Apparently earning nearly $200 million worldwide carries more weight than the title The Final Destination, major emphasis on the the. According to Vulture, the folks at New Line Cinema have no plan to leave the franchise be as intended and are pushing forward with a fifth installment.
None of the films were praised by critics, but the fourth reached an all-time low on the Tomatometer earning a measly 27%. Even the studio is baffled by The Final Destination’s success. One executive confessed, “It’s the worst film of the franchise. And that’s not my opinion; that’s everyone’s opinion.”
Regardless, the film exceeded expectations at the box office and put the continuation bug in the studio’s head hiring Eric Heisserer, the scribe responsible for The Nightmare on Elm Street reboot, to get to work on an FD 5 script even before the project was given the go ahead. Then, to their surprise, Alan Horn, the president of New Line’s parent company Warner Bros., officially announced the film was good to go at ShoWest and recently unveiled an officiall release date, August 26th, 2011.
A fifth film wouldn’t be such a terrible thing if the studio weren’t treating it as another attempt to make some quick cash. Rather than hunt down a seasoned director fervent on putting the franchise back on track, New Line has three candidates on its list all of which are first timers. Steven Quale, Bradley Parker and Charles Gibson all come from the visual effects department implying the goal is to make this film’s third dimension pop far more than the last.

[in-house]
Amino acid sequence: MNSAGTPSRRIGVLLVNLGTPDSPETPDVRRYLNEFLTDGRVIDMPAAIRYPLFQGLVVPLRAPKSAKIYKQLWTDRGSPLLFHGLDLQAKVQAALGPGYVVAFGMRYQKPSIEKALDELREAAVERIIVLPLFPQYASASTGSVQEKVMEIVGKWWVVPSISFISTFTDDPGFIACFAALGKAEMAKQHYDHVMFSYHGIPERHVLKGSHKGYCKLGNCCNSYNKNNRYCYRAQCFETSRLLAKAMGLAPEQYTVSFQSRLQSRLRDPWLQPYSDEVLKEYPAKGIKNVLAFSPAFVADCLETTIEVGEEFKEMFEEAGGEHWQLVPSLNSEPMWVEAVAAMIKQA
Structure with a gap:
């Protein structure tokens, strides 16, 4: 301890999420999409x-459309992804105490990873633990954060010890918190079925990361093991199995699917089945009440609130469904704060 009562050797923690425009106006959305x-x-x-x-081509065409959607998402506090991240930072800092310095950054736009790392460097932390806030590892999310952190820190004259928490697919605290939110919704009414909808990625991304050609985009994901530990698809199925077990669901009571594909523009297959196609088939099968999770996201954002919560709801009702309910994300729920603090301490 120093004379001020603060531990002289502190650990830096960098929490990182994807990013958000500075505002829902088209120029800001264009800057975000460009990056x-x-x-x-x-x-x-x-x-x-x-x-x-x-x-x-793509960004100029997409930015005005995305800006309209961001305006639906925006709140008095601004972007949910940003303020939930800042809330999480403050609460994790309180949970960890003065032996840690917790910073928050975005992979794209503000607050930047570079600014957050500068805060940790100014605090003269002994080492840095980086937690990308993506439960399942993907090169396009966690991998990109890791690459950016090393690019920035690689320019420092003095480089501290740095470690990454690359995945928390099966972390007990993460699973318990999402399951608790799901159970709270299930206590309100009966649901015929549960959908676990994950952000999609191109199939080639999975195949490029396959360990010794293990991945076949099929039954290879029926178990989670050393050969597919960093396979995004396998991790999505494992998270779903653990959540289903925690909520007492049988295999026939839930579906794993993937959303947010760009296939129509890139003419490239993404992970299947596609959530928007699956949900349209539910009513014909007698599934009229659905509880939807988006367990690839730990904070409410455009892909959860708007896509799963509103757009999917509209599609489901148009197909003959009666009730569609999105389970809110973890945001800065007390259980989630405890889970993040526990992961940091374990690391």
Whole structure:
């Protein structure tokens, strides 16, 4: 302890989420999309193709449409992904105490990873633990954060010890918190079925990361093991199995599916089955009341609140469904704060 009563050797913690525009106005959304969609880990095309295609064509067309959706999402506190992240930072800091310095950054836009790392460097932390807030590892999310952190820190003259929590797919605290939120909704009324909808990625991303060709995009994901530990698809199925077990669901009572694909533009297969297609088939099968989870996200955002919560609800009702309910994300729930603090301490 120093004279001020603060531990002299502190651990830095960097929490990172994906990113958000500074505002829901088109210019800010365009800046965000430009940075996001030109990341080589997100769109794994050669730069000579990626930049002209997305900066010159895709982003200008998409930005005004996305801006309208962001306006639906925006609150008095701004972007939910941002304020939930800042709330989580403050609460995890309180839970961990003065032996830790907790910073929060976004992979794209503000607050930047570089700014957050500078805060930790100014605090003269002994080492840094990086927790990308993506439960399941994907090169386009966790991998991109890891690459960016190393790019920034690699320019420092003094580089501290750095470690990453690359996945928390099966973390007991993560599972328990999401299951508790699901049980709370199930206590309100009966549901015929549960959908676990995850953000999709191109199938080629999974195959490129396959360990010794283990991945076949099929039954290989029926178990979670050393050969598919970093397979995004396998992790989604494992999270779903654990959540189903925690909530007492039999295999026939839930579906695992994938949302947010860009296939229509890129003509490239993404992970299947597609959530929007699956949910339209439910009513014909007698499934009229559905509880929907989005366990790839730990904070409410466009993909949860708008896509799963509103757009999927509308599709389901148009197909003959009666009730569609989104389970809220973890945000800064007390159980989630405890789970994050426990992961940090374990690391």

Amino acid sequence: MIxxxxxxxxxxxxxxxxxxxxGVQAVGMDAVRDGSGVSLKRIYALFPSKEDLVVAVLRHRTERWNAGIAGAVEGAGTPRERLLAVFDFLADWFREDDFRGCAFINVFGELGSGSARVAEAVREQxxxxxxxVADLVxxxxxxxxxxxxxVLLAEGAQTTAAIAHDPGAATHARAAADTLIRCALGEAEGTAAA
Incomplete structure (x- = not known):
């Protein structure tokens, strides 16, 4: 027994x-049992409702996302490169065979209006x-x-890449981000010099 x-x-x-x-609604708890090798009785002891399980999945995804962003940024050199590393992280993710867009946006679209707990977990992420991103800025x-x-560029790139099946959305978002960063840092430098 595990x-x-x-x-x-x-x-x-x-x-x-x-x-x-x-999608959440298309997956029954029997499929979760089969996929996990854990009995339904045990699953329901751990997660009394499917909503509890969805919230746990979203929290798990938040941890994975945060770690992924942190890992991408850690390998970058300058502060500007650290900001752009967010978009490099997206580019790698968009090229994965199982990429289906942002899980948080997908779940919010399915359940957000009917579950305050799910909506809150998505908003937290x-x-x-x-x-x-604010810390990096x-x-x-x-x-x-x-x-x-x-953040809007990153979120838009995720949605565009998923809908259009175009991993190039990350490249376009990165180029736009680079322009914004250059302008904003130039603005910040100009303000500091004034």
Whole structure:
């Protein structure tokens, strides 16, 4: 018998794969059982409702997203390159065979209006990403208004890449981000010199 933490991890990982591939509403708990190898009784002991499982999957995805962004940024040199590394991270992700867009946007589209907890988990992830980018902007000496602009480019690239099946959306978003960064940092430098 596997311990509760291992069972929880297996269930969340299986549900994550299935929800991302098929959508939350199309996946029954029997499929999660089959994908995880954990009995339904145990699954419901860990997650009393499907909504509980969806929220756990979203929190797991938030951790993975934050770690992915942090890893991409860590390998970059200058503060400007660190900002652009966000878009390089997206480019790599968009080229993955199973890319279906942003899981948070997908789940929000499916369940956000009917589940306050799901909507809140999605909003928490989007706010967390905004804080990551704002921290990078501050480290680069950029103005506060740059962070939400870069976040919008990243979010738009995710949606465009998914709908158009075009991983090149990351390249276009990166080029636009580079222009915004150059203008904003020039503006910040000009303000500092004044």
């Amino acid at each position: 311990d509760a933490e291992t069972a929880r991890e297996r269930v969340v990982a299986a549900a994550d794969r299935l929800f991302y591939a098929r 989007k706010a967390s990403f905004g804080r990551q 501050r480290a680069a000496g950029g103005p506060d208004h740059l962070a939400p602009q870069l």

Sadly, that’s where the last movie went wrong. It seems as though the filmmakers were so obsessed with milking the new technology, they forgot that throwing car parts and flames in your face doesn’t make up for an awful script. The new Nightmare on Elm Street was an above average reboot, but still leaves me concerned with Heisserer’s ability to tackle this franchise. However, the guy does have a ton of work coming his way, namely The Thing remake and another Nightmare movie, so perhaps he’s got more to offer.
As a total sucker for these films, it’s hard to say no to another. Film #3 would have been the opportune place to stop, but they didn’t. At this point, the franchise couldn’t get much worse, so why not give it another shot? Hopefully, Heisserer and the new director will take a hint from the last film’s mistakes and bring back the spirit of the originals and using the 3D style to enhance it, not use it as a device.
By Perri Nemiroff